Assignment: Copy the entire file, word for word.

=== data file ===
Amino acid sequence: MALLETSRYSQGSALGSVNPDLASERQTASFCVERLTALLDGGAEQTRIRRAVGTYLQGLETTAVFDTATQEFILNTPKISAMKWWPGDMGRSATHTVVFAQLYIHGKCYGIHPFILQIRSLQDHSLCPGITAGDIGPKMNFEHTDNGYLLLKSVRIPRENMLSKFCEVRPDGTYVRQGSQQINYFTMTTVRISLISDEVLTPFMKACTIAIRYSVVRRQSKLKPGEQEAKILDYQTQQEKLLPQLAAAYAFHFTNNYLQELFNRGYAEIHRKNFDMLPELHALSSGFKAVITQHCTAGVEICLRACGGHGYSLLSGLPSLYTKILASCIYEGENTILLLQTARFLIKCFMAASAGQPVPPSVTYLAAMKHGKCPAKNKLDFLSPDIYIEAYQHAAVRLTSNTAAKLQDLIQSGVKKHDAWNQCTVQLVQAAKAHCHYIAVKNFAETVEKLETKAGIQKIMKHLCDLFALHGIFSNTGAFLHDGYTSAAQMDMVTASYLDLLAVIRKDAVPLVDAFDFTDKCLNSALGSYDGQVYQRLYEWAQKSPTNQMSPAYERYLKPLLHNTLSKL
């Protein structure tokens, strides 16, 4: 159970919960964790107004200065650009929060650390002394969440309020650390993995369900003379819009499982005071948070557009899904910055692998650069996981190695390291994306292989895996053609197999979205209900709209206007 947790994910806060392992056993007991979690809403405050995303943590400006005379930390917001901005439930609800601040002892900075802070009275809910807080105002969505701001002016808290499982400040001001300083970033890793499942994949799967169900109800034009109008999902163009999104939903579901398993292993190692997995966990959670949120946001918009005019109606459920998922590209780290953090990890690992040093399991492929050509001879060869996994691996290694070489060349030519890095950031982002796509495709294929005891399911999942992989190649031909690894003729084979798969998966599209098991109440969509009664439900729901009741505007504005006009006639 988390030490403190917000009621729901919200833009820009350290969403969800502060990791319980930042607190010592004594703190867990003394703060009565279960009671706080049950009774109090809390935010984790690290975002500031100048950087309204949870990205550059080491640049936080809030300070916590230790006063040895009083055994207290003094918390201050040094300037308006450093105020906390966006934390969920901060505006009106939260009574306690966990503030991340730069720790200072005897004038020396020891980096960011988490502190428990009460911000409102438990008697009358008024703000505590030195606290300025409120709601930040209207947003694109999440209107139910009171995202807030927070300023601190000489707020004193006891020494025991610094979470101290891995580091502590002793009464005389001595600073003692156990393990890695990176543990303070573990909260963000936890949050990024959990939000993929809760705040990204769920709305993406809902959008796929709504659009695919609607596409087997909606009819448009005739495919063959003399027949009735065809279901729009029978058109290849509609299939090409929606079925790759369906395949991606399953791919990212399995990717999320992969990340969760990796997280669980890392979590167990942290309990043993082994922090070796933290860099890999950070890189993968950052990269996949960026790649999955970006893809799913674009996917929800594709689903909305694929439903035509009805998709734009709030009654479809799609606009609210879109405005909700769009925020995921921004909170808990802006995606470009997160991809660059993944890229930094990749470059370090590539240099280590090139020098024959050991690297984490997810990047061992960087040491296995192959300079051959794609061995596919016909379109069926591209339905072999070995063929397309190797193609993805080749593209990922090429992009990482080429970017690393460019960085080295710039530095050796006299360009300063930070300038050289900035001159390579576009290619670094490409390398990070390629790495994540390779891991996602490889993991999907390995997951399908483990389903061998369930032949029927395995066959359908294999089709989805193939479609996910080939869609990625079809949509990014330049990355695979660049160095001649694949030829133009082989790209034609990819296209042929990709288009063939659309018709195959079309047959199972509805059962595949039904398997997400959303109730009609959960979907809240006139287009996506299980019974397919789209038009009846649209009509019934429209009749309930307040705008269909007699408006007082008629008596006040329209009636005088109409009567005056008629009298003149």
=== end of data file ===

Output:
Amino acid sequence: MALLETSRYSQGSALGSVNPDLASERQTASFCVERLTALLDGGAEQTRIRRAVGTYLQGLETTAVFDTATQEFILNTPKISAMKWWPGDMGRSATHTVVFAQLYIHGKCYGIHPFILQIRSLQDHSLCPGITAGDIGPKMNFEHTDNGYLLLKSVRIPRENMLSKFCEVRPDGTYVRQGSQQINYFTMTTVRISLISDEVLTPFMKACTIAIRYSVVRRQSKLKPGEQEAKILDYQTQQEKLLPQLAAAYAFHFTNNYLQELFNRGYAEIHRKNFDMLPELHALSSGFKAVITQHCTAGVEICLRACGGHGYSLLSGLPSLYTKILASCIYEGENTILLLQTARFLIKCFMAASAGQPVPPSVTYLAAMKHGKCPAKNKLDFLSPDIYIEAYQHAAVRLTSNTAAKLQDLIQSGVKKHDAWNQCTVQLVQAAKAHCHYIAVKNFAETVEKLETKAGIQKIMKHLCDLFALHGIFSNTGAFLHDGYTSAAQMDMVTASYLDLLAVIRKDAVPLVDAFDFTDKCLNSALGSYDGQVYQRLYEWAQKSPTNQMSPAYERYLKPLLHNTLSKL
């Protein structure tokens, strides 16, 4: 159970919960964790107004200065650009929060650390002394969440309020650390993995369900003379819009499982005071948070557009899904910055692998650069996981190695390291994306292989895996053609197999979205209900709209206007 947790994910806060392992056993007991979690809403405050995303943590400006005379930390917001901005439930609800601040002892900075802070009275809910807080105002969505701001002016808290499982400040001001300083970033890793499942994949799967169900109800034009109008999902163009999104939903579901398993292993190692997995966990959670949120946001918009005019109606459920998922590209780290953090990890690992040093399991492929050509001879060869996994691996290694070489060349030519890095950031982002796509495709294929005891399911999942992989190649031909690894003729084979798969998966599209098991109440969509009664439900729901009741505007504005006009006639 988390030490403190917000009621729901919200833009820009350290969403969800502060990791319980930042607190010592004594703190867990003394703060009565279960009671706080049950009774109090809390935010984790690290975002500031100048950087309204949870990205550059080491640049936080809030300070916590230790006063040895009083055994207290003094918390201050040094300037308006450093105020906390966006934390969920901060505006009106939260009574306690966990503030991340730069720790200072005897004038020396020891980096960011988490502190428990009460911000409102438990008697009358008024703000505590030195606290300025409120709601930040209207947003694109999440209107139910009171995202807030927070300023601190000489707020004193006891020494025991610094979470101290891995580091502590002793009464005389001595600073003692156990393990890695990176543990303070573990909260963000936890949050990024959990939000993929809760705040990204769920709305993406809902959008796929709504659009695919609607596409087997909606009819448009005739495919063959003399027949009735065809279901729009029978058109290849509609299939090409929606079925790759369906395949991606399953791919990212399995990717999320992969990340969760990796997280669980890392979590167990942290309990043993082994922090070796933290860099890999950070890189993968950052990269996949960026790649999955970006893809799913674009996917929800594709689903909305694929439903035509009805998709734009709030009654479809799609606009609210879109405005909700769009925020995921921004909170808990802006995606470009997160991809660059993944890229930094990749470059370090590539240099280590090139020098024959050991690297984490997810990047061992960087040491296995192959300079051959794609061995596919016909379109069926591209339905072999070995063929397309190797193609993805080749593209990922090429992009990482080429970017690393460019960085080295710039530095050796006299360009300063930070300038050289900035001159390579576009290619670094490409390398990070390629790495994540390779891991996602490889993991999907390995997951399908483990389903061998369930032949029927395995066959359908294999089709989805193939479609996910080939869609990625079809949509990014330049990355695979660049160095001649694949030829133009082989790209034609990819296209042929990709288009063939659309018709195959079309047959199972509805059962595949039904398997997400959303109730009609959960979907809240006139287009996506299980019974397919789209038009009846649209009509019934429209009749309930307040705008269909007699408006007082008629008596006040329209009636005088109409009567005056008629009298003149």